Directions for Jam
What you need:
- Mason canning jars with self-sealing two-piece lids (available at stores such as Safeway)
- 4-6 cups Sugar
- 1 box of fruit pectin such as Sure-Jell or Certo
- High quality fruits as follows: Apricot-2 ½ lb. and 2 lemons, blackberry-2 qt., cherry-3 lb. orange marmalade-3 oranges, 2 lemons, peach or pear-3 lb fruit and 2 lemons, raspberry-4 pt., strawberry-4 pt.
Use firm, ripe fruit. Buy new, flat jar lids for a good seal, and always use clean jars. Wash thoroughly before starting process. Measure ingredients exactly, for altering the amount of sugar or fruit cause a set failure.
- Fill a large pot half-full with water and simmer.
- Wash jars and screw bands in hot, soapy water and rinse with warm water. Pour boiling water over flat lids and let stand in hot water until ready to use. Drain well before filling.
- Crush berries, peel and pit peaches, finely chop cherries, and pit and finely chop apricots with skins on.
- Measure exact amount of fruit as instructed by pectin recipe instructions.
- Measure the exact amount of sugar into a separate bowl.
- Stir sugar (amount according to pectin instructions) into fruit in a saucepan.
- Bring mixture to a full rolling boil on high heat, stirring constantly.
- Stir in pectin quickly and return to a full boil exactly 1 minute while stirring. Remove from heat and skim off any foam with metal spoon.
- Ladle quickly into prepared jars, filling to within 1/8 inch of topes. Wipe jar rims and threads. Cover with two-piece lids and screw on tightly. Add boiling water to cover jars by 1 to 2 inches. Cover with lid and bring water to a gentle boil. Process jams 10 minutes. After jars cool, check seals by pressing middle of lid with finger. If lid spring back, lid is not sealed and refrigeration is necessary.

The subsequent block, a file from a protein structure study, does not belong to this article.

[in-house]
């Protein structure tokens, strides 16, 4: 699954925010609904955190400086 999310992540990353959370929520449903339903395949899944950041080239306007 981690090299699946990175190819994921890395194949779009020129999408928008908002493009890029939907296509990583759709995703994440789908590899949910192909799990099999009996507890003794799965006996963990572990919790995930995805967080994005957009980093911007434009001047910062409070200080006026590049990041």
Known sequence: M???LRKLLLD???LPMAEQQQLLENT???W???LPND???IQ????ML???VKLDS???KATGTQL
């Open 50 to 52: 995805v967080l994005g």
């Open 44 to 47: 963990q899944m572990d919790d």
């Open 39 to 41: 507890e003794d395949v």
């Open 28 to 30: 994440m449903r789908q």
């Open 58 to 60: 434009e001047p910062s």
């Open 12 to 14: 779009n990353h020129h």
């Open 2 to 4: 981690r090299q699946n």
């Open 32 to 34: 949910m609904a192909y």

- Let stand at room temperature for 24 hours. Sore unopened jams for up to 1 year, and opened jams up to 3 weeks.
Natural Sun Drying
- Dry in the sun by placing slices of food on a clean tray with sides and covering with cheesecloth or fine netting.
- If possible, place a small fan near the drying tray to promote air circulation.
- Drying times will vary.
- Turn food once a day. Dry until the food has lost most of its moisture (vegetables will be brittle; fruits will be chewy).
- Dry food in an oven that can be maintained at 140 degrees F or lowest setting. Leave door ajar 2 to 3 inches. Place a fan in front of the oven to blow air across the open door.
- Spread the food in a single layer on racks or cookie sheet. Check food often. Turn food over to dry more evenly.
- Drying time will vary (Tables 2 and 3). Do not leave oven on when no one is in the house.
- When food is dehydrated 80 to 95% of the moisture is removed, making the dried weight of foods much less than the fresh weight.
- All sun-dried fruits and vegetables must be pasteurized to destroy insects. Place dried food evenly in shallow trays no more than 1 inch in depth. Vegetables should be heated at 150 degrees F for 30 minutes or 160 degrees F for 10 minutes. Fruits should be heated at 160 degrees F for 15 minutes.
- Dried fruits must be conditioned prior to storage. Conditioning is the process of evenly distributing moisture present in the dried fruit to prevent mold growth. Condition dried fruit by placing in a plastic or glass container, sealing and storing for 7 to 10 days. The dried fruit in the containers should be shaken daily to distribute moisture. If condensation occurs, place the fruit in the oven or dehydrator for more drying and repeat the conditioning process.
- Cool dried food should be placed in a closed container that has been washed and dried before storing. Home canning jars are good containers for storing dried foods. Store in a cool, dry, dark place.
- Dried foods should be used within 3 to 6 months as they will lose their flavor and color to some extent during storage
Written by Karen